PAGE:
Reporter’s life takes its toll

When I took a job at the Patriot about two years ago, I could not have imagined all of the strange effects it would have on my life.

From the food I pop in my mouth to the way I look, sometimes I barely even recognize who I’ve become.

Stress is not only a part of the reporter’s job — it is the reporter’s job. Pressure is what makes us great, and we often pick up weird habits to cope with the nail-biting, head-scratching, nervous-deadline hours.

About a month after starting my job here in Bremerton I picked up my first pack of glorious Big Red gum.

When I had two hours to write four stories I realized soon enough that chomping down on a little cinnamon glob helped ease the pressure.

Then it was chocolate.

Another addiction, worst than the last.

Working in an office with four women, I only had to reach about five feet to find a morsel.

The rush of sugar bumped my energy level to the point my fingers could keep the pace of my brain on the keys.

Next it was cigarettes.

Yes, those beautiful death enhancers.

I smoked for a year straight, picking up a stinky habit from high school.

A great way to take a break, I thought.

But I always felt like I had been run over by a car after puffing.

I quit on Jan. 1, and haven’t looked back, except for, well ... another addiction.


At first I buffered it with cream and sugar.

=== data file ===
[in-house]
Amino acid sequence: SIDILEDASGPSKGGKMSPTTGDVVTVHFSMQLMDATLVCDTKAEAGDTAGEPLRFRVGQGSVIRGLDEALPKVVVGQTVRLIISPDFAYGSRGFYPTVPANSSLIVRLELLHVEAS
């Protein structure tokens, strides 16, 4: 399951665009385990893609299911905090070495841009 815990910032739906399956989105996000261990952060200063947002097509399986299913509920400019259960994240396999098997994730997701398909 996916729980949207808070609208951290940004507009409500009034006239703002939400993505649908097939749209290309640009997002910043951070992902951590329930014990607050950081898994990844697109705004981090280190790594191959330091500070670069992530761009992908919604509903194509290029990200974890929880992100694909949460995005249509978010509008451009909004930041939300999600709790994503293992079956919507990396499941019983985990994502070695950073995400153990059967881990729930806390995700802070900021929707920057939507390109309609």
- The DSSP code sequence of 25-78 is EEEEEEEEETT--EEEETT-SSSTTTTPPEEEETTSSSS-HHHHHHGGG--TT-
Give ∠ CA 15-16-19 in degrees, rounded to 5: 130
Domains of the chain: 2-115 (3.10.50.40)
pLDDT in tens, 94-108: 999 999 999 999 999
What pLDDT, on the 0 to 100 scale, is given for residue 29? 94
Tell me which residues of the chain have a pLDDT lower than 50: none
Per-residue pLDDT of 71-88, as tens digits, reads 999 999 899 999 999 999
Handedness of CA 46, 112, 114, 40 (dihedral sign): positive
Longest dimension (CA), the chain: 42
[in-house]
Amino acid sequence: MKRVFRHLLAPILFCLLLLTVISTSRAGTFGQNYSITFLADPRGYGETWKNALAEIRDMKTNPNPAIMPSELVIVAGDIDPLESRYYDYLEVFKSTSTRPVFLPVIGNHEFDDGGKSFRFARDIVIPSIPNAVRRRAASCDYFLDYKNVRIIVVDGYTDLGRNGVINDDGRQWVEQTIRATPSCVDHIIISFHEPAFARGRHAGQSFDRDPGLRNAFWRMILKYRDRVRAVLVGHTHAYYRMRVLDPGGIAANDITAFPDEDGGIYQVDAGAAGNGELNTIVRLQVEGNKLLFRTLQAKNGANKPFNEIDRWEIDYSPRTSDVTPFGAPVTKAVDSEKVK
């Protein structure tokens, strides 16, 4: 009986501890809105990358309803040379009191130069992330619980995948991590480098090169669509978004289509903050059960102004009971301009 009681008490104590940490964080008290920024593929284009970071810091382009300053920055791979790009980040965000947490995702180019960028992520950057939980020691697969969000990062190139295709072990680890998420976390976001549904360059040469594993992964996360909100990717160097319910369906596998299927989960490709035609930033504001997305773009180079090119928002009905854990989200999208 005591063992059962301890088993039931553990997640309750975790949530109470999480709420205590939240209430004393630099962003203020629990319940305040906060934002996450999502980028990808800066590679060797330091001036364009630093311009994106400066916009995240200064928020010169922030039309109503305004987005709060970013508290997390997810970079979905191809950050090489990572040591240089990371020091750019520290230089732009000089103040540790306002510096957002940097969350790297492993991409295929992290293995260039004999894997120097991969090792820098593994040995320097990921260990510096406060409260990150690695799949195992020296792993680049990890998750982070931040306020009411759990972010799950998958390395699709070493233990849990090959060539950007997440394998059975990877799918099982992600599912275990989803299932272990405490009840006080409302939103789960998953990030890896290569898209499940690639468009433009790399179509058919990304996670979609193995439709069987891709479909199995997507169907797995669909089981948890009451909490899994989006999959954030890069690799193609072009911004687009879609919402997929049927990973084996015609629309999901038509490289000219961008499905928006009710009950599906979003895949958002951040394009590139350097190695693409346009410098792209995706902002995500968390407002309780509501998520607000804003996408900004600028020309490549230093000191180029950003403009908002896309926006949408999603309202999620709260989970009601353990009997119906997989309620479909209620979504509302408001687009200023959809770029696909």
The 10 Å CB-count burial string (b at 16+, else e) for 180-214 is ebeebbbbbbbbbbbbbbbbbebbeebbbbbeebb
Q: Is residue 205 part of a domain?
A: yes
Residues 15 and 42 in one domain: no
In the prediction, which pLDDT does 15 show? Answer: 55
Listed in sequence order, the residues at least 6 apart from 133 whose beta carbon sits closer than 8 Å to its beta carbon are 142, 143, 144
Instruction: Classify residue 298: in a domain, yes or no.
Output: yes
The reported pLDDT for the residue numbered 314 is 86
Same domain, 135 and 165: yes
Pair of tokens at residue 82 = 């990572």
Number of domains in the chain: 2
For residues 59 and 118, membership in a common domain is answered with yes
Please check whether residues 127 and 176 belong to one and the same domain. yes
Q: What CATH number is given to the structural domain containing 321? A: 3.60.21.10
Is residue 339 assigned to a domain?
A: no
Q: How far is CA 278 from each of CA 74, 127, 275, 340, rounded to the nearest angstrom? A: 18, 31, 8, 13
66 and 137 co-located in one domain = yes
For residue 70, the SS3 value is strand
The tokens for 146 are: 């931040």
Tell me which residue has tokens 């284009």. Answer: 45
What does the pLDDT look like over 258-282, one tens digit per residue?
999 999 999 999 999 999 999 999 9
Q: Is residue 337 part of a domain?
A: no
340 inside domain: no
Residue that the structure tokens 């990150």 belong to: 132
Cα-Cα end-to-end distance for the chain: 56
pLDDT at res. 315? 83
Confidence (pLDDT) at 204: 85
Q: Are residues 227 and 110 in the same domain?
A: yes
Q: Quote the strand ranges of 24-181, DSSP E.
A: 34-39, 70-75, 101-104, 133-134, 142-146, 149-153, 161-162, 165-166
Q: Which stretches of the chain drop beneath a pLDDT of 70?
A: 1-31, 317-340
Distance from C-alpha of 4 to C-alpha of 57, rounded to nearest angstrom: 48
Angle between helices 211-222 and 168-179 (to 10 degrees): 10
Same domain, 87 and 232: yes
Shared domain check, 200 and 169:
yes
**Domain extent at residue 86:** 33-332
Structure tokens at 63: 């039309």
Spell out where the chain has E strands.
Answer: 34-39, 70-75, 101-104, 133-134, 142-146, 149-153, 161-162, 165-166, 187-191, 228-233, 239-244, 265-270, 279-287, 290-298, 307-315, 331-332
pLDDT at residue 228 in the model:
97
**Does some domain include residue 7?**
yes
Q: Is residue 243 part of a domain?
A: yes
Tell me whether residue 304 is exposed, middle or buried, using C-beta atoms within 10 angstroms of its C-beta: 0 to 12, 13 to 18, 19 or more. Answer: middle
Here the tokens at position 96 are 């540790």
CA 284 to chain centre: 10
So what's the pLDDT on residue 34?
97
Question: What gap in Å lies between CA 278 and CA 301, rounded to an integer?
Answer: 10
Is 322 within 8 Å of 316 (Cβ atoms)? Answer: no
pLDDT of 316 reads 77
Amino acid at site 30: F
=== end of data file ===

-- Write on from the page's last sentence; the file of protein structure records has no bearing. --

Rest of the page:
Then it got worse — black, only.

One, two, three cups became the perfect charm.

That was a habit I can credit to my editor Celeste.

I hated coffee until she offered to make me a batch of her husband’s thick- as-mud variety.

I was hooked on the brown-colored boost of lightning.

I’ve changed in other ways too. My hair has somehow grown longer, just over the ears. Although I’ve had my share of hairstyles in between, I started out this job with nearly a shaved head.

I went from a glasses-clad man to a contact-lens subscriber. It was about time I traded in my window-framed view of the universe for some unhindered vision.

A glance at my cheeks will reveal another phenomenon — sideburns.

Yes, a tribute to the classic rock of the 1970s, if you will.

Additionally, I traded in my home phone for a cell phone.

Cheaper, I thought, until I racked up a $140 phone bill when I exceeded my minutes.

A great perk of being wireless.

What’s the next big change?

I’m a little scared to find out.

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